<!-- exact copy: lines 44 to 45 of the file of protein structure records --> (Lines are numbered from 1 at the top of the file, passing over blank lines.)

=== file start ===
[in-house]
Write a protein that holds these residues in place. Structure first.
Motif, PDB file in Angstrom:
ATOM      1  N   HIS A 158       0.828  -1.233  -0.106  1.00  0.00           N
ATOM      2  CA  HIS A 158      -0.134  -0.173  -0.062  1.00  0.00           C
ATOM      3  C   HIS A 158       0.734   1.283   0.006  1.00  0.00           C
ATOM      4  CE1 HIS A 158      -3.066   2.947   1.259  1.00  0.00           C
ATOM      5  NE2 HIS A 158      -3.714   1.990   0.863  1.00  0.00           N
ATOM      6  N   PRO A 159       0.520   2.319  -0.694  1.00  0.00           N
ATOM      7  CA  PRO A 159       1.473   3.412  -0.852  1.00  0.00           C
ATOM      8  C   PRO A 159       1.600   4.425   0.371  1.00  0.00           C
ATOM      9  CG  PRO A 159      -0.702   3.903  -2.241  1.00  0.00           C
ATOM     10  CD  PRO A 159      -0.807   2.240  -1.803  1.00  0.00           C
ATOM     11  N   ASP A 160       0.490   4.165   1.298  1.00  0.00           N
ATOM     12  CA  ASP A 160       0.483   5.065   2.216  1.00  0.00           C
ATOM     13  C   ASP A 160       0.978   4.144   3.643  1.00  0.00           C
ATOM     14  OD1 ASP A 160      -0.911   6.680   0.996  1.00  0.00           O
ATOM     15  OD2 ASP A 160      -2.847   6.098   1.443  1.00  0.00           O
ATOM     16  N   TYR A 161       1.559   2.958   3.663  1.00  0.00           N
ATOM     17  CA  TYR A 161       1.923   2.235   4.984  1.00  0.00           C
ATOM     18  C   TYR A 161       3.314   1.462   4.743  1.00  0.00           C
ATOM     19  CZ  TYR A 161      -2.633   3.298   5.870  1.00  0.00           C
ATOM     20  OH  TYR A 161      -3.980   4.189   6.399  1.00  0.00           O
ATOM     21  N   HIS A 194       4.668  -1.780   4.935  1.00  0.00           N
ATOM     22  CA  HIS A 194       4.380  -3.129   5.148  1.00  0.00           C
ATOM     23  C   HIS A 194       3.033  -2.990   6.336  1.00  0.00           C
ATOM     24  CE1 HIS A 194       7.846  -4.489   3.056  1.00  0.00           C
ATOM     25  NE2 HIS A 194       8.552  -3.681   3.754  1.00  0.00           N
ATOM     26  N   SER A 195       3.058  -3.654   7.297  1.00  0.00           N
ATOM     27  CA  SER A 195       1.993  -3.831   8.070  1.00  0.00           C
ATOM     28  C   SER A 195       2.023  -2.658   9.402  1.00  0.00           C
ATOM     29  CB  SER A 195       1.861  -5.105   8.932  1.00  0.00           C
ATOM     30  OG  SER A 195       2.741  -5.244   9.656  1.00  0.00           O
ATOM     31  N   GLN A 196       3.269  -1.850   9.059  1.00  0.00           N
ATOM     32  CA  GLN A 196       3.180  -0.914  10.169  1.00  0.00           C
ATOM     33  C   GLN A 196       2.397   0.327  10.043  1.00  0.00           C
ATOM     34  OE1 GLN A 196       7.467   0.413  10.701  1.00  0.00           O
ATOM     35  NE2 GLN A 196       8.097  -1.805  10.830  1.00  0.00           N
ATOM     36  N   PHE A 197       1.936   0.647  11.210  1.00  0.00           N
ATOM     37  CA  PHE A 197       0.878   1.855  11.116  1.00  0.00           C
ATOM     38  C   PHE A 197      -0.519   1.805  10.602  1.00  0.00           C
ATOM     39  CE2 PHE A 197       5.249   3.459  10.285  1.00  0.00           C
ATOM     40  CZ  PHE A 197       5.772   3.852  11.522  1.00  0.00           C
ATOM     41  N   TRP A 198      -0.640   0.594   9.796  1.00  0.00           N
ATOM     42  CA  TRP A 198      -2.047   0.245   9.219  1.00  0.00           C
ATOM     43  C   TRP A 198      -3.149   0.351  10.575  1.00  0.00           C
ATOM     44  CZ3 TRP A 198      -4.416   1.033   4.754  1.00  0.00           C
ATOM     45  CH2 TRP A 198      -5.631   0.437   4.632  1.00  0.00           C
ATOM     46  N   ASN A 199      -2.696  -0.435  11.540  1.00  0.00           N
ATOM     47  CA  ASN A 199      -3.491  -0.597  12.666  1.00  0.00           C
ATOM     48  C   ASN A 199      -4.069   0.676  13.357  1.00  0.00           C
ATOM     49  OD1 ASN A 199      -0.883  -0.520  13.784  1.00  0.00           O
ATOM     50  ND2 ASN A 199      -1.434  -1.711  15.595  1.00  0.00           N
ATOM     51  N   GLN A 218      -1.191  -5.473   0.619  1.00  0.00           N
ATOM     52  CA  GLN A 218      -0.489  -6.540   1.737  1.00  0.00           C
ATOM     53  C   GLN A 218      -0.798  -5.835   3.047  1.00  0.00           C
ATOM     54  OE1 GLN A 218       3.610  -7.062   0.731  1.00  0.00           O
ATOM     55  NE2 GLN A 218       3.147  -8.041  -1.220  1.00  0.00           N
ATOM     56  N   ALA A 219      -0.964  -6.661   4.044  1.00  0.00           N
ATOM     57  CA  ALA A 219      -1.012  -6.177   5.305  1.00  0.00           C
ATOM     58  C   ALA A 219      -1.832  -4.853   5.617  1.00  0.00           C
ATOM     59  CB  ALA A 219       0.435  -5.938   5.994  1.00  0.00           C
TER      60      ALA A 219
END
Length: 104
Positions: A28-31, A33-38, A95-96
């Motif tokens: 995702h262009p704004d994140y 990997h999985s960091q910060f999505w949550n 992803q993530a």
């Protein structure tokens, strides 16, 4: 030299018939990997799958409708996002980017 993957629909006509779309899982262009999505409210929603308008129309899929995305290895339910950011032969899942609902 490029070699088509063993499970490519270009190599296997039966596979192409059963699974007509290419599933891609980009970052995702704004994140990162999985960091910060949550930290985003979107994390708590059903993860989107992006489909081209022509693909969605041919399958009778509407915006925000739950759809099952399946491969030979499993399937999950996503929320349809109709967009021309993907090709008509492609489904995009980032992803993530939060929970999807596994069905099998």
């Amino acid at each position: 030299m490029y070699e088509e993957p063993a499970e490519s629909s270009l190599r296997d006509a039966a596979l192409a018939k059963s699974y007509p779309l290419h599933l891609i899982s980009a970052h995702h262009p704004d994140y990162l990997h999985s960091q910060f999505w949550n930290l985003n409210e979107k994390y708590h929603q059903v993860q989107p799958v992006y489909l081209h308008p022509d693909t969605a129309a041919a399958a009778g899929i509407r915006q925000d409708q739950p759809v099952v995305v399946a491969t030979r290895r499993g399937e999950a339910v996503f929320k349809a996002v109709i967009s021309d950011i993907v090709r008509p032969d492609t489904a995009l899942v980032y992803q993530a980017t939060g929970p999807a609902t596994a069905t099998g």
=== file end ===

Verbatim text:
ATOM     41  N   TRP A 198      -0.640   0.594   9.796  1.00  0.00           N
ATOM     42  CA  TRP A 198      -2.047   0.245   9.219  1.00  0.00           C